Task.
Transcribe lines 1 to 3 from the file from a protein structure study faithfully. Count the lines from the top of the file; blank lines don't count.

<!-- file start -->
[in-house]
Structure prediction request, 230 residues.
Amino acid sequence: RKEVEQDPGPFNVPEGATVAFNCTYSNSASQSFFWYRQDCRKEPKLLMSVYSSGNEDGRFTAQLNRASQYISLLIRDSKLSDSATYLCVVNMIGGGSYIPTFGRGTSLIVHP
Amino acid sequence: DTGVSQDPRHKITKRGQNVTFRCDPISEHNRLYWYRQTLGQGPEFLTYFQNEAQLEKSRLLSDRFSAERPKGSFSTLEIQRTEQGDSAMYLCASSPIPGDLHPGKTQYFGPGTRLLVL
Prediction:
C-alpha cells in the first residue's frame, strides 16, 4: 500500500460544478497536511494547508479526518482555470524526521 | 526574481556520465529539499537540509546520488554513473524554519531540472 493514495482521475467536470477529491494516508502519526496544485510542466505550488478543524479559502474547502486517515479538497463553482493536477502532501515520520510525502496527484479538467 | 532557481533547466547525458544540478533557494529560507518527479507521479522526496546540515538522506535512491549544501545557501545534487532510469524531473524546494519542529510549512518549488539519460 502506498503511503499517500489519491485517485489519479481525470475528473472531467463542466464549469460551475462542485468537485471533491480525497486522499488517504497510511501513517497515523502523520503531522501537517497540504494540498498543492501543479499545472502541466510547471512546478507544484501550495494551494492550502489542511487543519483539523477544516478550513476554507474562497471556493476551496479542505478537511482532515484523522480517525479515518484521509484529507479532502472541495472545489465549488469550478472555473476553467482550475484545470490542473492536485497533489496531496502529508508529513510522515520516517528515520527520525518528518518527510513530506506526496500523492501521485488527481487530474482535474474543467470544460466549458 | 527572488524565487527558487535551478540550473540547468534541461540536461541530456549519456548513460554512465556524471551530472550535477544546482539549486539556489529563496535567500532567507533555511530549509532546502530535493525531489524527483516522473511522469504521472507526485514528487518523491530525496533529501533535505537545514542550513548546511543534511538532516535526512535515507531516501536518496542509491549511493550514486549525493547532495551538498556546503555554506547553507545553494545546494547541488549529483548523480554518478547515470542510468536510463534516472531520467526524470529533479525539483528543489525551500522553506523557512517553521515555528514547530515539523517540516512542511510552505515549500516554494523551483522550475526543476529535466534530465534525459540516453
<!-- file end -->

[in-house]
Structure prediction request, 230 residues.
Amino acid sequence: RKEVEQDPGPFNVPEGATVAFNCTYSNSASQSFFWYRQDCRKEPKLLMSVYSSGNEDGRFTAQLNRASQYISLLIRDSKLSDSATYLCVVNMIGGGSYIPTFGRGTSLIVHP